After Demarest contracted to sell the property to Malone in December, 1964, and assigned the Fowler lease to Malone, Fowler made his payments to Malone through the Citizens Valley Bank in Albany. On January 8, 1968, Malone and Demarest agreed to a cancellation of the sales contract, and the Fowler lease was reassigned to Demarest. Fowler did not pay the rent due on January 1, 1968, until January 22, 1968. On February 13, 1968, the rent due on February 1 had not been paid, and Demarest filed a forcible entry and detainer action against Fowler. On the same day Fowler tendered $250 rent to the Citizens Valley Bank, but the check was returned by the bank to Fowler on the 29th of February. Demarest dismissed the f.e.d. action in the district court and re-filed in the circuit court. Before the issues in the f.e.d. action were tried in the circuit court, the State Highway Commission

filed its condemnation action. The parties stipulated that the issues in the f.e.d. action would be determined in these proceedings to allocate the condemnation award. The circuit court dismissed the f.e.d. proceedings as moot because it was then impossible to restore possession of the premises to either party because of the taking by the Highway Commission.

Demarest contends that the relationship of landlord and tenant with Fowler was terminated when Fowler failed to pay the February 1968 rental on the due date or within the grace period of ten days allowed by the terms of the lease.

Fowler offers several answers to Demarest's contention. First, he suggests that under the terms of the lease he was entitled to "written demand and reasonable notice" before Demarest was entitled to declare him in default for failure to pay the rental when due. We do not construe the lease as Fowler contends. The lease provides:

"If the Lessee shall be in default in the payment of any rents and such default shall continue for a period of ten days, or if the Lessee shall fail to perform or comply with any other terms, covenants or conditions of this lease on written demand and reasonable notice, then the Lessors may at their election declare this lease terminated * * *."

It is clear from reading the quoted portion above that for breaches other than non-payment, the lessor is required to make a written demand and give reasonable notice; insofar as non-payment of rent is concerned, the lessee is allowed ten days' grace period and no notice or demand is required.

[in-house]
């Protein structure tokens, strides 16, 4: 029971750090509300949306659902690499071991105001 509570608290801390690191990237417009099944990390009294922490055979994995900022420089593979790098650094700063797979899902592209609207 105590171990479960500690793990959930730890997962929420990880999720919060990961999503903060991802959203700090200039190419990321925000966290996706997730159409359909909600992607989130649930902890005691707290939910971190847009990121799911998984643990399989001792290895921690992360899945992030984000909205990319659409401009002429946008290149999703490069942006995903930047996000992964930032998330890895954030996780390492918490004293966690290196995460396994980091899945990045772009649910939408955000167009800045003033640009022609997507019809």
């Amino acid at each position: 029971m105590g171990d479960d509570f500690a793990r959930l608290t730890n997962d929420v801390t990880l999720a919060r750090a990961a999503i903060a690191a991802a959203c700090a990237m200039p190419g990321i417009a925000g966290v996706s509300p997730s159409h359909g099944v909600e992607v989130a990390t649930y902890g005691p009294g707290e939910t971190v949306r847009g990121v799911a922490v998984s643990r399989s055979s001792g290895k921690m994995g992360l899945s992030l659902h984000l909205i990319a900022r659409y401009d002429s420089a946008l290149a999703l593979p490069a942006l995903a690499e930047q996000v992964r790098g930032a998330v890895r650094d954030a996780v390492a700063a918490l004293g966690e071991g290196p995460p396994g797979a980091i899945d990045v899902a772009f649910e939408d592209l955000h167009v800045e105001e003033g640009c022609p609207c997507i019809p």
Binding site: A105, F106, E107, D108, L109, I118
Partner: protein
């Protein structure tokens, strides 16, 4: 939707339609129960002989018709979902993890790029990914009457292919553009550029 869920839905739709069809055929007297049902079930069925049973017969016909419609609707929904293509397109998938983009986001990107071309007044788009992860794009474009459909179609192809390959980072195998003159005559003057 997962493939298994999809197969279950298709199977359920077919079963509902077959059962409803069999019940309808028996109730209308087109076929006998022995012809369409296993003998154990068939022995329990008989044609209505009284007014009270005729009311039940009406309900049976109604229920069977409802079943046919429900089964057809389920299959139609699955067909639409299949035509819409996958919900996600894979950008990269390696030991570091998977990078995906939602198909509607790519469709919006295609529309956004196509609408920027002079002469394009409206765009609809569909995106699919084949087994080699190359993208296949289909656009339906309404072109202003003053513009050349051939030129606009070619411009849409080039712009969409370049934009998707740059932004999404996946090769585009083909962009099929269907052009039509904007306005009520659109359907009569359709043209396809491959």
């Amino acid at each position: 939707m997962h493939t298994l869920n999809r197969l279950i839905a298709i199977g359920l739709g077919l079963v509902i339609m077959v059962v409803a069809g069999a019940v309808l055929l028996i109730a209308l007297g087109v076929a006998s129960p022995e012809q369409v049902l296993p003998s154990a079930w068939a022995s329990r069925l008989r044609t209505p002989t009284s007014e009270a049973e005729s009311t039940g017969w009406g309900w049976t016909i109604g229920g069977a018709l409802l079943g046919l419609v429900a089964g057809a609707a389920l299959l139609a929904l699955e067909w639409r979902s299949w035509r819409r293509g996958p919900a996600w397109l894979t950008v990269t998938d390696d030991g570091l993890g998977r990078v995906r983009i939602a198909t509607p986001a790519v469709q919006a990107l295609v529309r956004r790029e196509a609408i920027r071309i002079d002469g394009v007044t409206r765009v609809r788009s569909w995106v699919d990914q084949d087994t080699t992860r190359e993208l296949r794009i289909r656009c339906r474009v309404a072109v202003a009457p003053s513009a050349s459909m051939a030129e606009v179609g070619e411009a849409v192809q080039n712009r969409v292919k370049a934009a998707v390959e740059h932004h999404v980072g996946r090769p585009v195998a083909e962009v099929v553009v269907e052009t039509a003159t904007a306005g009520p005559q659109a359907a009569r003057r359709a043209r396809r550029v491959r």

Fowler also contends, and alleged as a separate defense to the f.e.d. action, that he was not in default

in the payment of the February 1968 rent when the f.e.d. action was filed on February 13, 1968. The basis of this defense is not clear from the briefs. We assume, however, that Fowler is relying upon the check for $250 sent by him to the Citizens Valley Bank after the f.e.d. action was filed. In Fowler's brief he states that "the lease was reinstated by Demarest's collection agent receiving and retaining the rental check until February 29, 1968." The bank had been the escrow agent for the sale transaction between Demarest and Malone. However, the record does not show that the bank was acting as the agent for Demarest, or that it was the intention of Demarest or the bank that the check be accepted as payment. Fowler did not mail the check until after he had been served with the summons and complaint in the f.e.d. action on February 13, 1968. It is true that the bank did not return the check until February 29; however, the check was never delivered to Demarest or deposited to his account, but instead was returned to Fowler by the bank. The record does not establish that Demarest or the bank expressly or impliedly accepted the February check as late payment under the statute, ORS 91.090, which we will discuss subsequently.

Fowler also contends that he was not in default for non-payment of the February 1968 rent because he had paid the first and last month's rent in advance in 1964 when the lease was executed. This argument is also without merit. Prepaid rent becomes the absolute property of the landlord. Sinclair v. Burke, 133 Or 115, 287 P 686 (1930). See also Annot., 27 ALR2d 656. Obviously, when the landlord requires the first and last month's rental to be paid in ...